Running into Hourglass has shaken him. To meet another girl of glass (how, how could there be more than one, so fragile, so easy to break) so soon after returning to these lands. He hadn’t been ready, not as ready as he had thought. The ghosts still haunt the darkest recesses of his mind, just waiting for a trigger. What she had provoked hadn’t been a mere tug, no, it had been a violent yanking of his entire self. The pieces that he had so carefully and painful glued back together were still so brittle, as if made out of the same glittering material that encased that aching place in his chest. It would be a lie to say that leaving that encounter hadn’t sent a few fragments loose, that the screams of a long dead (alternate reality) Adaline were still echoing in the back of his ears.

    The forest had always been dark and before (in those long ago times) he would have avoided its darkness and shadows. However, with the lights turned back on and the infinite night vanquished, he finds himself feeling a little too warm, the sun a little too bright. After living in the gloom for so long (drowning in the murkiness of his own mind for too long), he’s not as frightened by what shadows hold anymore. The coolness of the greenwood is a welcome change to the summer nights in the open, the polar bear within him stretching with approval. When the sun had returned, that explosion of light that had nearly blinded his good eye and taken the last of his sight, there had been a strange warmth that had seeped into the exposed cracks of him. The brands that marked his body throbbing with an unnatural warmth, bringing him back to that moment in time when each had been made. Burning, pulsing, cauterized wounds. He hadn’t expected the eerie bluish glow that emitted from each (that ravaged X that marked the lost treasure of his true heart, the constellation on his right flank that marked the beast he had become). The glow from his chest in the expanding moonlight had first caught his attention, some awkward adjusting of his reflection near the meadow’s many creeks had satisfied his curiosity to the brand on his blind side. The pain had faded by the next morning. It was a part of him now. Just as the bear was. Just as the scars, both seen and hidden, were.

    Those brands glow brightly now in the enclosing darkness of the forest but he can see that he’s not the one glowing the brightest. The golden man glows with a different sort of pulse and he pauses, uncertain for a moment. Curiosity gets the better of him, it’s the spots along his body that draws him in. He had known jaguar spots like that once. Magnus had once summarized some of his family’s history and lineage. Something to do with jungle cats that seemed to run in parts of the family. He had briefly met a niece of his father’s years ago, she had held some spots like those that speckle the grounded man before him. Before he can really say or do anything, another comes forward, an ethereal female who speaks to him with familiarity. The gold flecks in his good eye glint against the various shades and tones of glows as he familiarizes himself with her features. Thankfully she’s not made of glass despite the shimmer of her wings and body. He’s not sure he could handle another one (these glass girls might make him shatter faster then they ever will). She talks of the Mountain (god how he hates that damned forsaken place) and something that sounds like a quest. Something to do with the eliminated darkness.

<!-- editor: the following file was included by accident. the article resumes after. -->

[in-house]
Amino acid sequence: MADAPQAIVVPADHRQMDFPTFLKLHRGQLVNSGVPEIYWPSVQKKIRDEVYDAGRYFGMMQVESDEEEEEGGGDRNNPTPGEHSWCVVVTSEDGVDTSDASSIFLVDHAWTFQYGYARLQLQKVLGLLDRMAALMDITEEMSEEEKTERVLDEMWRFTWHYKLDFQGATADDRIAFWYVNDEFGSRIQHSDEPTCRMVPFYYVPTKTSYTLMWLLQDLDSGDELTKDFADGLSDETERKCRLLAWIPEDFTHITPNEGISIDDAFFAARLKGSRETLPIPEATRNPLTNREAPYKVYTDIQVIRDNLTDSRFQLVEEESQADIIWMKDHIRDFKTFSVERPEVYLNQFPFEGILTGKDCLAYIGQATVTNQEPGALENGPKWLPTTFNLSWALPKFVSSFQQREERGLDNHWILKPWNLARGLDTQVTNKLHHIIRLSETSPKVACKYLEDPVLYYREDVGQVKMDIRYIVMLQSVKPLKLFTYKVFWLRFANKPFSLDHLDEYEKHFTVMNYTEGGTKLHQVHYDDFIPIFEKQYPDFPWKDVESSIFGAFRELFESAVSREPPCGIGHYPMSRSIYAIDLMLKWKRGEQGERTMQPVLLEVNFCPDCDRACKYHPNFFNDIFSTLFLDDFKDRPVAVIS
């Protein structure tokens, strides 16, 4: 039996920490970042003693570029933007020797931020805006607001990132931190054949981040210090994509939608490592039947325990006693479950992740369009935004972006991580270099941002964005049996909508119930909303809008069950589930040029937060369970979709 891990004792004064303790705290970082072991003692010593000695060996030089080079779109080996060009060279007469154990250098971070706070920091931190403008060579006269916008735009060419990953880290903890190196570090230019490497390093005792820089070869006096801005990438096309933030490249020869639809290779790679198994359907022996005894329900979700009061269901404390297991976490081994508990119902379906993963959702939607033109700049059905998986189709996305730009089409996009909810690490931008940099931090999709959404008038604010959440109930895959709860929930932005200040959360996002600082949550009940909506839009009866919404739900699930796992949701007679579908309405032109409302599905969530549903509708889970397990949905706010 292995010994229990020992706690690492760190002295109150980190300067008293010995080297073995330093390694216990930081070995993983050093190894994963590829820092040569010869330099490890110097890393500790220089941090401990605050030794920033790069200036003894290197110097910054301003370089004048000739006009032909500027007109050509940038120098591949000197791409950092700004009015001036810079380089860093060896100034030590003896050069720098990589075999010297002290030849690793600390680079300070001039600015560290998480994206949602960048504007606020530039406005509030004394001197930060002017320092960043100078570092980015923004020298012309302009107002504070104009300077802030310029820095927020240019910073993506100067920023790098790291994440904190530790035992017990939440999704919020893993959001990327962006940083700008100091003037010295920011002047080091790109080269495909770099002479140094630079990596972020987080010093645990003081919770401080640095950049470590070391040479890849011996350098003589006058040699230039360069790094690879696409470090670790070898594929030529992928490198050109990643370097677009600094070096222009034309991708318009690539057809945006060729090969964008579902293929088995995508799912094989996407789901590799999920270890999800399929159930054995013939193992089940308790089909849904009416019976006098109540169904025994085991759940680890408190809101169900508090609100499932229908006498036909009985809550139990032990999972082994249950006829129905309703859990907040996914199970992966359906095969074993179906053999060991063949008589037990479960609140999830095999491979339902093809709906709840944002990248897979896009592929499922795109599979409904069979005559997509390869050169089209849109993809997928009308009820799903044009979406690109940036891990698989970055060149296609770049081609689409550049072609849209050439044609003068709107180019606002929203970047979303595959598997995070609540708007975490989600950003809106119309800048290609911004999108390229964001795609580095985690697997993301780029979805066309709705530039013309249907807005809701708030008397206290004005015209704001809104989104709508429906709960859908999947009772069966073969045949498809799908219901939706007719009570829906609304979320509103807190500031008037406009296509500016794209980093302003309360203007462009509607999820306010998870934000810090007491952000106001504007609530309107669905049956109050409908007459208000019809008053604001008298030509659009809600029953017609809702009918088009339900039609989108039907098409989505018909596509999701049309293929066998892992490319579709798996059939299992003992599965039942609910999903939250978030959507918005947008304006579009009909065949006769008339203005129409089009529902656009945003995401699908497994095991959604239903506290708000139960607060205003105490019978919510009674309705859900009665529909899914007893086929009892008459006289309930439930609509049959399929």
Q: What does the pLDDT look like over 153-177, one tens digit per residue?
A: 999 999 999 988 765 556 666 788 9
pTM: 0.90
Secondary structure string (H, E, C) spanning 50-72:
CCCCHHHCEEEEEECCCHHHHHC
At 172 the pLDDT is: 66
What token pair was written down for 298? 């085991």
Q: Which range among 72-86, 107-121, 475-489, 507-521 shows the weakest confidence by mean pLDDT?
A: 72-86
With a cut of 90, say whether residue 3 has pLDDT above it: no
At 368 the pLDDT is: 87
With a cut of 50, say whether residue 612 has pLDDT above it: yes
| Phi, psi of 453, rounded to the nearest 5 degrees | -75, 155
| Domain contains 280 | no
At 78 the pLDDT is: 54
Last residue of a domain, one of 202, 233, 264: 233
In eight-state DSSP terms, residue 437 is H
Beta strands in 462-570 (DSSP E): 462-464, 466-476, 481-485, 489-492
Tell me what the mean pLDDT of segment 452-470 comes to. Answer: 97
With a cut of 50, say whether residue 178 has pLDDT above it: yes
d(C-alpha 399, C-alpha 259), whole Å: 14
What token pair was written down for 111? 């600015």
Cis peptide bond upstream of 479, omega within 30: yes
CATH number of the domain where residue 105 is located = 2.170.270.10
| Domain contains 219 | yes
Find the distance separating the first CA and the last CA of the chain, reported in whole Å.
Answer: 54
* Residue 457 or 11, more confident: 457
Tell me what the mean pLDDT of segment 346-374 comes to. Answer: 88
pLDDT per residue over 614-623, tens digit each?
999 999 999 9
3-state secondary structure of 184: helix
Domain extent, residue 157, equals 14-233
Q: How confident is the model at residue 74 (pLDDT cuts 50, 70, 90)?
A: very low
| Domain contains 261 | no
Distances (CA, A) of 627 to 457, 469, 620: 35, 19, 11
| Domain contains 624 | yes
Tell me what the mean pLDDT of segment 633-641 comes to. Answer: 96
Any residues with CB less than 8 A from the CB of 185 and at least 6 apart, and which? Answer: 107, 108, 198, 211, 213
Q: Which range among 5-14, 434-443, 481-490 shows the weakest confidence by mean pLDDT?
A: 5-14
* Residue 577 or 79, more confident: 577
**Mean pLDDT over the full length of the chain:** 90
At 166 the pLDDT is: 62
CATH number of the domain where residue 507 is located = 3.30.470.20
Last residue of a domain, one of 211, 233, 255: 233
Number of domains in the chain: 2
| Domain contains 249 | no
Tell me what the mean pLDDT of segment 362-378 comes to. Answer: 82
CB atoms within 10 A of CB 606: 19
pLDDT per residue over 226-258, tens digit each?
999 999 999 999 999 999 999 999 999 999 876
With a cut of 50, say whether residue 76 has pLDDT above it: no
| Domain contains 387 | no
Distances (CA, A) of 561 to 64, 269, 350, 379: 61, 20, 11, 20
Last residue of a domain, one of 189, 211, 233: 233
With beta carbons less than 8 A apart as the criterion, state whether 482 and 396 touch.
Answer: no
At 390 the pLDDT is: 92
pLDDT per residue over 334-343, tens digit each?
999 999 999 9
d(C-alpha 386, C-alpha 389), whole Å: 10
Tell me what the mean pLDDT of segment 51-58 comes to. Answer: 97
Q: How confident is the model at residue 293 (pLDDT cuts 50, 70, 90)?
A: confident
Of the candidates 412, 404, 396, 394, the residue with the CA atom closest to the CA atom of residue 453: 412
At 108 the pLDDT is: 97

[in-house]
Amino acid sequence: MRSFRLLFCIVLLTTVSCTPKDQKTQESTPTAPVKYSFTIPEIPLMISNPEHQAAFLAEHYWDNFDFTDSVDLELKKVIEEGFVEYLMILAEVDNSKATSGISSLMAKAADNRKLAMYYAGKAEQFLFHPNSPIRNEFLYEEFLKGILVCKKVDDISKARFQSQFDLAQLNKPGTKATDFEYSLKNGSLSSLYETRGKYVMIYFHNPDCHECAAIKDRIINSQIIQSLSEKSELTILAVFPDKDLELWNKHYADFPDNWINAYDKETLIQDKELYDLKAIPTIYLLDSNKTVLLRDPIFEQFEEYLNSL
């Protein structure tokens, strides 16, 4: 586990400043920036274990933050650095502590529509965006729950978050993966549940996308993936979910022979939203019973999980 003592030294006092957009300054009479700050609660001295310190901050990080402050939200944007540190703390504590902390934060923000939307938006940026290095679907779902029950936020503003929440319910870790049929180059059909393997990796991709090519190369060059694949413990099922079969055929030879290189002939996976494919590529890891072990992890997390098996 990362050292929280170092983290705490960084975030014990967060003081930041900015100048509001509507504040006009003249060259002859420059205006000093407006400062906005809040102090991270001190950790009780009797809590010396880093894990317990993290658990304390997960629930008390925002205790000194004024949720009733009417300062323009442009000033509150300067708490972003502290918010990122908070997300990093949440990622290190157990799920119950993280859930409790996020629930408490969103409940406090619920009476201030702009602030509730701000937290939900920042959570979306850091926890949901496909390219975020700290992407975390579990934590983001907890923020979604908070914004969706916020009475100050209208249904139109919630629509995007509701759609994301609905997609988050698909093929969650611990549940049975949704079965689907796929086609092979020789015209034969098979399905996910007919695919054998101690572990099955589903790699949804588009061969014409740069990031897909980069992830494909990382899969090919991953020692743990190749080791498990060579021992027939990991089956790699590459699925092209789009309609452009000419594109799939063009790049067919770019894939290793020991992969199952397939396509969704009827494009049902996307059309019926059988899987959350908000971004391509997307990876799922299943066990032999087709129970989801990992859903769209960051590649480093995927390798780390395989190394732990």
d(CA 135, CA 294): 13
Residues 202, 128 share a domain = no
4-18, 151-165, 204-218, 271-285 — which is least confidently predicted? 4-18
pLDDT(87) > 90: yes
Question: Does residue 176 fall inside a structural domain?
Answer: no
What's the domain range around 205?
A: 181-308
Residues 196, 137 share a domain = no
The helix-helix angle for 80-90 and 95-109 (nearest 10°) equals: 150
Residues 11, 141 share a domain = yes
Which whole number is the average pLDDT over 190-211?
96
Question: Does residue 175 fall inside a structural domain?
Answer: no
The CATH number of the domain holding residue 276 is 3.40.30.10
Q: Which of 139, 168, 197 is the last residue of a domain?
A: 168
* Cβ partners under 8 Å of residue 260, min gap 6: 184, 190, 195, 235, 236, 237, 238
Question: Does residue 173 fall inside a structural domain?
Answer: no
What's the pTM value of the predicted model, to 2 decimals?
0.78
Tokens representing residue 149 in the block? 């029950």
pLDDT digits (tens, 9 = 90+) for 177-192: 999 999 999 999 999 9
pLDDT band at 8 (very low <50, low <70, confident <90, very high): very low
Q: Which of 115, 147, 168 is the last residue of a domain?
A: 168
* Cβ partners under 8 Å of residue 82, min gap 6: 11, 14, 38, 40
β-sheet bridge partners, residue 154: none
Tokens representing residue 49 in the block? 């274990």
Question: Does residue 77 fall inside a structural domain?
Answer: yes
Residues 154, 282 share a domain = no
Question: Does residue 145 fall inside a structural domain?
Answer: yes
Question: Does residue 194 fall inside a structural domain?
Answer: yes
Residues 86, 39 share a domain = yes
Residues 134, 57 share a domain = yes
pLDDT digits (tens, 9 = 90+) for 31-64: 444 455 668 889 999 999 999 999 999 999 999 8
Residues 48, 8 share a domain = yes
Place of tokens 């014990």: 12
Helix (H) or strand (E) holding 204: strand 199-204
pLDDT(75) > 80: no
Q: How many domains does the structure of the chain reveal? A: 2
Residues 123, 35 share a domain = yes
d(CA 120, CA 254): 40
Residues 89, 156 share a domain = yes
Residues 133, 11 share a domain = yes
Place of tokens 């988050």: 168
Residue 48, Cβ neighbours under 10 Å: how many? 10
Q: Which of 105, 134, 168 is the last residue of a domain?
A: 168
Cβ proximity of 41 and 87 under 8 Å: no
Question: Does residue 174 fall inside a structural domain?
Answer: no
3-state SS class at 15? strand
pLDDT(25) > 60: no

His dark gaze turns back to the golden one as the other continues to pry on whatever had happened but Ledger himself is silent. He’s taking in the shadows that seem to curl around the male, the way his body seems to respond to the wind that breezes suddenly though the trees on an otherwise still and silent night. He does not flinch at the exposed predator teeth. Instead, he is thoughtful. The bear within him is also thoughtful. There is something about the golden man that he recognizes. Not by his face, no, he is absolutely a stranger and unknown to him. It’s in his body posture, it’s the glint in his eyes, the fracturing one goes through when parts of you are taken and something else is forced to take its place. It’s when like recognizes like, he knows the taste of magic now, it burns like acid on his tongue. How often it had broken his bones, tore his flesh, and devoured every secret thought, emotion, and memory he had ever had. The residue it leaves behind. ”Give him a moment.” He finally says to her, a quiet murmur but the roughness of his mostly unused voice sounds loud in this place. He knows what happens when one pushes too hard, when you come back broken and you’re still trying to sort out what parts of you belong and what parts of you have been lost. It doesn’t fix itself overnight…if it can ever be fixed at all.

    I just want to treat you better

    Sabal firion

    that day even the sun was afraid of you and the weight you carried

    He hadn’t been in his right mind during most of the quest so, save his mother, the other participants are lost on him. He doesn’t remember their faces and although there is certainly a way that he could leverage his new power to learn them, he finds he doesn’t have an appetite for it. He has no real desire to revisit that trip to the underworld—those hours spent trying to battle the curse to be useful enough to save them all. But he doesn’t need that recognition to spark his interest as the kelpie woman approaches him.

    Firion finds that he can nearly smell the saltwater on her, and he smiles wolfish in her direction.

    “It sounds like you knew that I was,” he quips, feeling the memories of it tugging at him, sliding beneath the surface of him like a strain—a reminder that just the right move would result in pain. That same recognition pulls him further from the shadows, unable to face the truth of his new magic just yet. The curse with a different face. A power pulling from a well of darkness he would never outrun—not now.

    Before he can answer her second question though, his attention is caught by the stallion who approaches. There’s something that sparks in his mind, something in the back of his mind that responds to the particular angles of Ledger’s face. His father never spoke of Magnus—not after…not after all that had happened—but Firion’s magic responds to the familial bond. Not enough to rise to his actual consciousness (his father’s earlier escapades were certainly too numerous to make him aware of his every half-sibling, let alone every niece of nephew) but enough that he stares perhaps a second longer.